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June 14, 2013

Postcards from Nowhere: Peoria to Panama - Day 26: Jacó to Uvita, Costa Rica

Above: The playa at Jaco, Costa Rica.

Update: I am alive and well and resting quietly in the La Posada Hotel in the seaside villa of Uvita, Costa Rica.

Friday June 14, 2013

Motorcycle Odometer (at start of day): 4,976
Motorcycle Odometer (at end of day): 5,066
Miles driven today: 90 miles

Local Currency: Costa Rican Colones

1 US Dollar = 500 Costa Rican Colones

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In the morning, roosters crowing pull me from my deep slumber. How I love waking to the sound of roosters. I have to get a chicken coop when we get home. I've got to make that my summer project. How sweet to have a rooster crow you awake in the morning. How primitive. How comforting.

When I wake up around 8:00 a.m., I sit in the hotel's restaurant because I can't access the internet in my room. But the restaurant is fine.

Wild parrots squawk loudly as they fly all around us. Two huge red parrots fly by, even louder still. Tiny ants crawl across the floor, so small you can barely see them. Bees buzz by my drink, as small as flies. A small mouse runs into the office.

"Raton! Raton!" I scream. Everyone comes running, but the mouse disappears, and no one else sees it.

The receptionist keeps a perrito locked up in the office. When she finds him outside, she scolds him and puts him back in the office. When she's not looking, he jumps out again through the window. I start to narc on the perrito to the receptionist, but then, I think. What difference does it make? Why should I take sides in this battle? I have no skin in this game.

My attorney finally figures out what all the charges against me are, and tells me I have to be in court on June 28th. I tell him it's not likely, as I'm in Central America on a dirt bike. He completely freaks out and makes it very clear that I was not supposed to leave the country when I was out on bond. I'm like...."It's all good. I can't make it June 28th. Make something up for me. You're a smart fellow. I'm paying you a lot of money. I'm going to need some more time on this. And, if I'm not supposed to be out of the country, how about you don't bring it up in court, seeing as how you're representing me, and all".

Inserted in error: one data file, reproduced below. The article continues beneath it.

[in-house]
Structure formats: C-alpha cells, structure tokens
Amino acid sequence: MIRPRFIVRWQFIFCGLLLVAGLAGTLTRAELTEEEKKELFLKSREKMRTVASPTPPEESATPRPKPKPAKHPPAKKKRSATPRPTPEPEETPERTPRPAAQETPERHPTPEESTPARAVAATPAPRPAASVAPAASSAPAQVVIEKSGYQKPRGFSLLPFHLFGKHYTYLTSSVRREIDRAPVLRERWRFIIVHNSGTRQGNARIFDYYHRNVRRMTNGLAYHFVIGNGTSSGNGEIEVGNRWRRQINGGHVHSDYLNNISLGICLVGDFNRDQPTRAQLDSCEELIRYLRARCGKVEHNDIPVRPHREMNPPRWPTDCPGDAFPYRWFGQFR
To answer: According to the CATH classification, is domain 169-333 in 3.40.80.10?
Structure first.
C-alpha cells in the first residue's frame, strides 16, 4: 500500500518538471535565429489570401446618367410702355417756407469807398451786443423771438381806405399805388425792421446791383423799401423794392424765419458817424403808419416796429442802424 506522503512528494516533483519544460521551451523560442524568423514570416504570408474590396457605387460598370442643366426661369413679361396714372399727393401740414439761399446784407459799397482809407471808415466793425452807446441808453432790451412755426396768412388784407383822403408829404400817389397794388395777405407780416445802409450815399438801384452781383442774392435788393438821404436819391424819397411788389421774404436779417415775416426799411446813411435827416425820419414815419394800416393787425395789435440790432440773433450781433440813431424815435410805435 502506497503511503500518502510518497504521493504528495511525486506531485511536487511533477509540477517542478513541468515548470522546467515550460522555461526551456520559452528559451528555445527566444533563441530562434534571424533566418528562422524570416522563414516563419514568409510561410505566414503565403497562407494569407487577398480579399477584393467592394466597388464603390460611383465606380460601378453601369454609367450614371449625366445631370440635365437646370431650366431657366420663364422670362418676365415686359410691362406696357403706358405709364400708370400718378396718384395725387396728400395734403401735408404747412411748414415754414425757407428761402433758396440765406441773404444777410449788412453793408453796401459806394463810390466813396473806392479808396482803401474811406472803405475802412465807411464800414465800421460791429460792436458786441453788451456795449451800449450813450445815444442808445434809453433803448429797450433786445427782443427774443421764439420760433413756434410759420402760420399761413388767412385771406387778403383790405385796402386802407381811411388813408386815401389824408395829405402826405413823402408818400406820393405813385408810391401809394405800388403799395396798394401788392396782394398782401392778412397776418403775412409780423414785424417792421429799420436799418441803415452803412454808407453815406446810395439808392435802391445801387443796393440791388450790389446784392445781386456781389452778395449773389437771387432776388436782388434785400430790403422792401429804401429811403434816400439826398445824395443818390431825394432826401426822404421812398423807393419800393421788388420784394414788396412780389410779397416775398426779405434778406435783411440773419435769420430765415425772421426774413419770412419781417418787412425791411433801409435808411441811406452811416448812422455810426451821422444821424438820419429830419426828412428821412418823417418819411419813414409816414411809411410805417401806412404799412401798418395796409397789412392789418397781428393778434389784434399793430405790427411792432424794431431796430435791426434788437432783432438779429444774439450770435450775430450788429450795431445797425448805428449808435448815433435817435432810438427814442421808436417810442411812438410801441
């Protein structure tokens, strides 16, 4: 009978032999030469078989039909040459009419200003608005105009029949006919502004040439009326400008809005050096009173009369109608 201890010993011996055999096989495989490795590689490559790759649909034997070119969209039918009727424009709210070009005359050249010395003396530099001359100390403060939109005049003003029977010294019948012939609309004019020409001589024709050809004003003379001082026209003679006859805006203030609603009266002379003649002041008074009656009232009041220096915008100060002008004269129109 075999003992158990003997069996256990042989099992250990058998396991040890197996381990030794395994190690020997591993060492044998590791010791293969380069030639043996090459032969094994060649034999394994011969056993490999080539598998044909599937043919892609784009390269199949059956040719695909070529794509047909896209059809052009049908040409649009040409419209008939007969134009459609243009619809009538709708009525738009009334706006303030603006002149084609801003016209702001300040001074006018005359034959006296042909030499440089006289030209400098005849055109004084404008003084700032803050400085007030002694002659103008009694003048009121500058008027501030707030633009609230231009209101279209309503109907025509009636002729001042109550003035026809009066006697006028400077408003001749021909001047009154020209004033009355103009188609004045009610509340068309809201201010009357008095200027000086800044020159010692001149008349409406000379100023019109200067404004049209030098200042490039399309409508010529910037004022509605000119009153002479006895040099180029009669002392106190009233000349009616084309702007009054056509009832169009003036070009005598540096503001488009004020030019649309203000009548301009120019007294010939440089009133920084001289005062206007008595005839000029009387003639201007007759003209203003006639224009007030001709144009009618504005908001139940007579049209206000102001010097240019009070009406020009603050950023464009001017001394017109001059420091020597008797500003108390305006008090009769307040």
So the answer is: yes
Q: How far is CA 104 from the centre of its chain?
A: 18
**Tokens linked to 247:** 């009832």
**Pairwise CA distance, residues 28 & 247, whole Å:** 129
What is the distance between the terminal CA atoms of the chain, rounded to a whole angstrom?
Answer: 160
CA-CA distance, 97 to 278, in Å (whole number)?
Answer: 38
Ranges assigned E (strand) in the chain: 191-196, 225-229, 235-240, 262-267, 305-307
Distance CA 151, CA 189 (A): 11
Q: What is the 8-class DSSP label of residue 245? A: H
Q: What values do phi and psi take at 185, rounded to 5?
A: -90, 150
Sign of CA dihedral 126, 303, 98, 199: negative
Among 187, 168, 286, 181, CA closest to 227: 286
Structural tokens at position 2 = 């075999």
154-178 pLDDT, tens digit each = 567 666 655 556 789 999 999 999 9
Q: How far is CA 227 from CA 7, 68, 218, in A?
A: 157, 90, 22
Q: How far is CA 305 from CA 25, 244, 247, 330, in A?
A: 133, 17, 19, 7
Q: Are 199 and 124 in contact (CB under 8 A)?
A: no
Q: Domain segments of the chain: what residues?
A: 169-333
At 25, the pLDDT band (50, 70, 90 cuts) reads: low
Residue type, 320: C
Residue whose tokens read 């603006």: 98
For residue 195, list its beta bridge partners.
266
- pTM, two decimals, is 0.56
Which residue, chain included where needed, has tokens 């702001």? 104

Of course, like most people, my attorney wants to kill me, but I pay him to keep me out of jail, and so far, he's done a pretty good job of it.

By noon, I've finished posting my story and photo from yesterday. This process is painfully difficult due to the way I upload my photos, and administer my home server/website. I do everything through an RDP tunnel, which is an insane bandwidth hog. You can get away with this in the U.S., where people understand how the internet works. Down here, it's a slow and painful death. What should take 1 hour, takes closer to 3-4 hours. Which sucks. But, it is what it is.

Check out and I follow a poor road down through an ecological reserve. In most of central america, this is code for a dump. But here, it's arguably an ecological reserve. The road follows the beach. There are signs not to dump trash, and I don't see any trash on the side of the road.

I drive a kilometer or two down this horrible, pot-hole filled road, and finally pass another moto. I flag him down.

"Es salida, amigo?"

"No. No hay," he replies.

I turn around. No point in following this dead-end road any further.

At the next playa, I turn out, and a motorist stuck in the sand. He's in an SUV, and has buried it pretty good, but they're digging him out. I stop, walk over, and offer to help push. First thing I do is check the tires. There's way too much air in them. They need to let the pressure down to about 10 lbs. I try to explain this to them, but they're pretty clueless. With all of us pushing, we're able to roll the truck out with no one driving, which I've never even tried before. But, in this case, it worked, and he drove off the playa successfully. They all give me a high-five and a fist bump and I leave the playa.

When I get back to the main road, I follow highway 34. It follows the coast for a while, but then 34 leaves the coast, and when we leave the coast, I really open it up then. This road is a dream. Like riding a green popsicle. Just this verdant run through the jungle. The road is marked the same as any two lane black-topped road in the U.S. Two double yellows, or a single dotted line, or one solid yellow and one dotted yellow. I have not seen this before in central america. Normally, if the road is painted, there is a single solid line, or a single dotted line There's no demarcation of which side is allowed to pass.